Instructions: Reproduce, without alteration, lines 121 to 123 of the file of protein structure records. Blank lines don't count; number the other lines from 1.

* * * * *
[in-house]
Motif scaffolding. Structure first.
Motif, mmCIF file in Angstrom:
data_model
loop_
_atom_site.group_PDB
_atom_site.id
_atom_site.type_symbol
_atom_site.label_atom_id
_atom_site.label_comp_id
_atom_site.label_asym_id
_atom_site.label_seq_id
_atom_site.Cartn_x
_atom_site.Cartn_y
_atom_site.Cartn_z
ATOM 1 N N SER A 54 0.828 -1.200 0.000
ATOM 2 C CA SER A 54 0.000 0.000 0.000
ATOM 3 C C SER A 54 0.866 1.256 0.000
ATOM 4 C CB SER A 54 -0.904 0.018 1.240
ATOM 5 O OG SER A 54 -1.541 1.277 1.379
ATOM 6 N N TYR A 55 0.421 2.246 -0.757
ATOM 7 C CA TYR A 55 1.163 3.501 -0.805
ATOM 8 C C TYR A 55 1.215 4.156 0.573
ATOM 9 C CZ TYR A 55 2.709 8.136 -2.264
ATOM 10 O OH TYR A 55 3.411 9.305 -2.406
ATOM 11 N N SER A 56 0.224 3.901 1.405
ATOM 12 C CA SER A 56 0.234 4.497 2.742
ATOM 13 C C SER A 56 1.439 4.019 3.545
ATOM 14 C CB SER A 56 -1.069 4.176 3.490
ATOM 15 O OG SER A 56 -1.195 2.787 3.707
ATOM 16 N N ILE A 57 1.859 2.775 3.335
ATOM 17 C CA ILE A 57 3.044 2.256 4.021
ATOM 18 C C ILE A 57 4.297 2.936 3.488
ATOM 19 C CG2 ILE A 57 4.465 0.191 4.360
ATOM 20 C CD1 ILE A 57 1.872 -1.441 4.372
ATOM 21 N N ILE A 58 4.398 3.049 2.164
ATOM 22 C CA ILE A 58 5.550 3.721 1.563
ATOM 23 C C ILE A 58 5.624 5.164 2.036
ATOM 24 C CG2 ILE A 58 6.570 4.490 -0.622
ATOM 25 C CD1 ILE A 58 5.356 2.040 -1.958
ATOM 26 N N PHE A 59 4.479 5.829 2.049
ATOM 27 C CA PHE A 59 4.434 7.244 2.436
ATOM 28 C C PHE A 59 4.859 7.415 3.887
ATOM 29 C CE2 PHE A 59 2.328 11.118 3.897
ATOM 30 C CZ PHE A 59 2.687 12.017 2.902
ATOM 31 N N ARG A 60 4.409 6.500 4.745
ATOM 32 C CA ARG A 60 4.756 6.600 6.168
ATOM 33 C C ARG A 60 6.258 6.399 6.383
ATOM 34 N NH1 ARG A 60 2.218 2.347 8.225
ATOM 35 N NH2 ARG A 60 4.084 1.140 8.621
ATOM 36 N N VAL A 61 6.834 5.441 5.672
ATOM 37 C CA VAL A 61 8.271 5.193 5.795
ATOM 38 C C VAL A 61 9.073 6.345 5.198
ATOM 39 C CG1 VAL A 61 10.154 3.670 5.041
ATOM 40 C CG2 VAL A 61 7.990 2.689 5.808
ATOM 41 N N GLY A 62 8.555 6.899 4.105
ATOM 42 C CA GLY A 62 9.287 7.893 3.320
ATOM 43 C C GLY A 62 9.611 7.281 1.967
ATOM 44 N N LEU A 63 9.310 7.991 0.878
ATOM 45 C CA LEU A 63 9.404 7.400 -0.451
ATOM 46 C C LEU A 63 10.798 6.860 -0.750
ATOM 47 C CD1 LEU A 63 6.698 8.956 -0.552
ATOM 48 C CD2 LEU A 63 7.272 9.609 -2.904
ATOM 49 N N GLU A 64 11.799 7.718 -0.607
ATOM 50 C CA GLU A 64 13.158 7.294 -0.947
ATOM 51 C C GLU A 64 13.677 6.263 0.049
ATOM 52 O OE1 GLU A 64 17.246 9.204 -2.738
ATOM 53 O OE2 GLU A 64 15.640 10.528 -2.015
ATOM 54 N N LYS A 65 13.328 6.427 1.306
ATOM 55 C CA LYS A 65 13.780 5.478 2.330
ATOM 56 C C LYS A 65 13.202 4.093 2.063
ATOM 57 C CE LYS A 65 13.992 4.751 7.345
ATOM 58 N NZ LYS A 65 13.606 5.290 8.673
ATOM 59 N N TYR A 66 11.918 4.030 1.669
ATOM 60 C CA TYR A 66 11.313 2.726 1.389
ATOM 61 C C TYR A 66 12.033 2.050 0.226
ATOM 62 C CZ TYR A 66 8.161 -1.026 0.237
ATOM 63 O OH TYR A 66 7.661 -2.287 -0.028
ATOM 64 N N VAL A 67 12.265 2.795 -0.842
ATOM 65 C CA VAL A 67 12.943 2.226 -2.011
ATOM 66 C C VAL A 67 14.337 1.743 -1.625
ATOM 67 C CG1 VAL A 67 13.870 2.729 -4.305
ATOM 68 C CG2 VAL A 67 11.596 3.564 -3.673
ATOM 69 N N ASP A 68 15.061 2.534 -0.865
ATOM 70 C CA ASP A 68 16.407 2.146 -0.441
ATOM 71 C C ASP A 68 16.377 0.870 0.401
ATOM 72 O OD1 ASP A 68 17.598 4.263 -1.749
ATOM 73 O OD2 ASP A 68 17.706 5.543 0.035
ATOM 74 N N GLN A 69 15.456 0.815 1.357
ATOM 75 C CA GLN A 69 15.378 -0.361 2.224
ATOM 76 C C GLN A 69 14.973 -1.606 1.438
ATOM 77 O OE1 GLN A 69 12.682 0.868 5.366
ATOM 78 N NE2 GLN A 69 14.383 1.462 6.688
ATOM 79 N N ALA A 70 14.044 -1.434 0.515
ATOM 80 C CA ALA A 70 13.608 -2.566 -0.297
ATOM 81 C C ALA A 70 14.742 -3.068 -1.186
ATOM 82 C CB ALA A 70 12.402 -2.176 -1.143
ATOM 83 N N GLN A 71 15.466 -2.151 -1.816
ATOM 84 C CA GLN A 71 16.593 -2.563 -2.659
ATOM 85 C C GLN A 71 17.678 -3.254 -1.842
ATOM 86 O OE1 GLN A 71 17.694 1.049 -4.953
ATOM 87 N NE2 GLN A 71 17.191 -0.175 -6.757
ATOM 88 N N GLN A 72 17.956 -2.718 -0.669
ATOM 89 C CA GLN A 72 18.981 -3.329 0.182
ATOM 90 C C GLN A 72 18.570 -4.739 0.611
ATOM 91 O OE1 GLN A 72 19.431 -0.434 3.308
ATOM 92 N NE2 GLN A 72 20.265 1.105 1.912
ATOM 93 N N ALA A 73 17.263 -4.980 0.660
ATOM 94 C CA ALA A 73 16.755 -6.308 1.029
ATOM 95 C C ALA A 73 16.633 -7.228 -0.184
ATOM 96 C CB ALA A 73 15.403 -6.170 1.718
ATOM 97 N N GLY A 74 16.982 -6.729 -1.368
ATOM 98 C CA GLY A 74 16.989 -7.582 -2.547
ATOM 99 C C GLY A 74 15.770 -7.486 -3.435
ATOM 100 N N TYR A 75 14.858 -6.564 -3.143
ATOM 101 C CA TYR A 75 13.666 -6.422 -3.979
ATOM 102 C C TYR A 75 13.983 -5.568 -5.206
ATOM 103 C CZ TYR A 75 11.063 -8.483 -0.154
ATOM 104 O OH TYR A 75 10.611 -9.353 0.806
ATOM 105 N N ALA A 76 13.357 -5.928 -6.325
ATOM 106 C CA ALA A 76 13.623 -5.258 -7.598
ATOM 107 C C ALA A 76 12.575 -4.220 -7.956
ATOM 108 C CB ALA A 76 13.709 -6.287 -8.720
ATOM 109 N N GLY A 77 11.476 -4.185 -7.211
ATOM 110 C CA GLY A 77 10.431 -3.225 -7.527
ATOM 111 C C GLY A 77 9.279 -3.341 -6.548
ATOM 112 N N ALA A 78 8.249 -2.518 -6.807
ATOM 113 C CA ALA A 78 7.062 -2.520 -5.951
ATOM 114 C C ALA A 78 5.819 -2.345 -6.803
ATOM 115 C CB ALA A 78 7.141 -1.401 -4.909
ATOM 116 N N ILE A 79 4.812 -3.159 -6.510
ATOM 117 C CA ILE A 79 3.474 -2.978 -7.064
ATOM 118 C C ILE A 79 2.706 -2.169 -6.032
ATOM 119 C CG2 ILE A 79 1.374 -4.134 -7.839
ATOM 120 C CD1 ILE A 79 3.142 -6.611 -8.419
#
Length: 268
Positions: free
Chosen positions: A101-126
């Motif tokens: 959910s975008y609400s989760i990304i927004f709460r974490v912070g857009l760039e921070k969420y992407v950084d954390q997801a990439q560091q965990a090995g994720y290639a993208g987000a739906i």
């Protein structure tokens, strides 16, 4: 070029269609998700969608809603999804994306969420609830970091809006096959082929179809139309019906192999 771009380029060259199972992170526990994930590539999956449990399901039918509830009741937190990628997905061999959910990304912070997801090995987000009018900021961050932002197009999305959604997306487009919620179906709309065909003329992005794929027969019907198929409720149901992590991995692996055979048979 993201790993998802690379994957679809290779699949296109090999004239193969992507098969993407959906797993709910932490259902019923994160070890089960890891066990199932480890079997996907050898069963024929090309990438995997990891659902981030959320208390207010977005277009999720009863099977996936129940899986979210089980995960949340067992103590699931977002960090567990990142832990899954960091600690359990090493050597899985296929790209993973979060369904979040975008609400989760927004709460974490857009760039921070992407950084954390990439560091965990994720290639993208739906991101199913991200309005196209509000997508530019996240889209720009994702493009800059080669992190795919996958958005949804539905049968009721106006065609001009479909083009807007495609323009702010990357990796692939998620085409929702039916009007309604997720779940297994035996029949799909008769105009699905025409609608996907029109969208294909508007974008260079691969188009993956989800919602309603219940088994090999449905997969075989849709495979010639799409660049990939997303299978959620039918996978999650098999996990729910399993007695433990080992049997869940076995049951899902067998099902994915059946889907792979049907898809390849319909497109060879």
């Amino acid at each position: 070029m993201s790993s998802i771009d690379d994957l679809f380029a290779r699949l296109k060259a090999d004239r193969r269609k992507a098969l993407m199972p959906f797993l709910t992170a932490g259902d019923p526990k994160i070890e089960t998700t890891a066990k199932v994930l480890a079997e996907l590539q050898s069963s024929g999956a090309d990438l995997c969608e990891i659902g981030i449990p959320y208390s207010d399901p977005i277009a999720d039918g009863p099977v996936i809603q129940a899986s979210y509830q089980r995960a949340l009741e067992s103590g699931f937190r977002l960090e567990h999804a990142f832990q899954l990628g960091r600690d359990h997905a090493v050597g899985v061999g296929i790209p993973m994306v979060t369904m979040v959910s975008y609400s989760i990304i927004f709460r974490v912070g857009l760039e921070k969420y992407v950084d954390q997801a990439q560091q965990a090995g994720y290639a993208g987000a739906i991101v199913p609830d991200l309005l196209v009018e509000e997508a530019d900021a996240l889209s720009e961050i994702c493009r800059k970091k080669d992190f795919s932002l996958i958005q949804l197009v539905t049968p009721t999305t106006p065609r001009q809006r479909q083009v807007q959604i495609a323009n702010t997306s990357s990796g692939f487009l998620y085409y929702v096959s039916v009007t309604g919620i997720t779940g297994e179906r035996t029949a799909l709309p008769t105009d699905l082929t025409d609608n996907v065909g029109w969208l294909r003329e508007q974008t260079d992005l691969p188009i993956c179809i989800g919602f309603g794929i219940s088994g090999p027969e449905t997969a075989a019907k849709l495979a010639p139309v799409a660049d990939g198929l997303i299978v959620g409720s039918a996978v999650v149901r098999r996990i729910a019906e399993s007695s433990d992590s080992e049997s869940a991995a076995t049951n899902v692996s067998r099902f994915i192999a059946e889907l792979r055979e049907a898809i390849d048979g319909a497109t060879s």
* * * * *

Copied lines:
ATOM 106 C CA ALA A 76 13.623 -5.258 -7.598
ATOM 107 C C ALA A 76 12.575 -4.220 -7.956
ATOM 108 C CB ALA A 76 13.709 -6.287 -8.720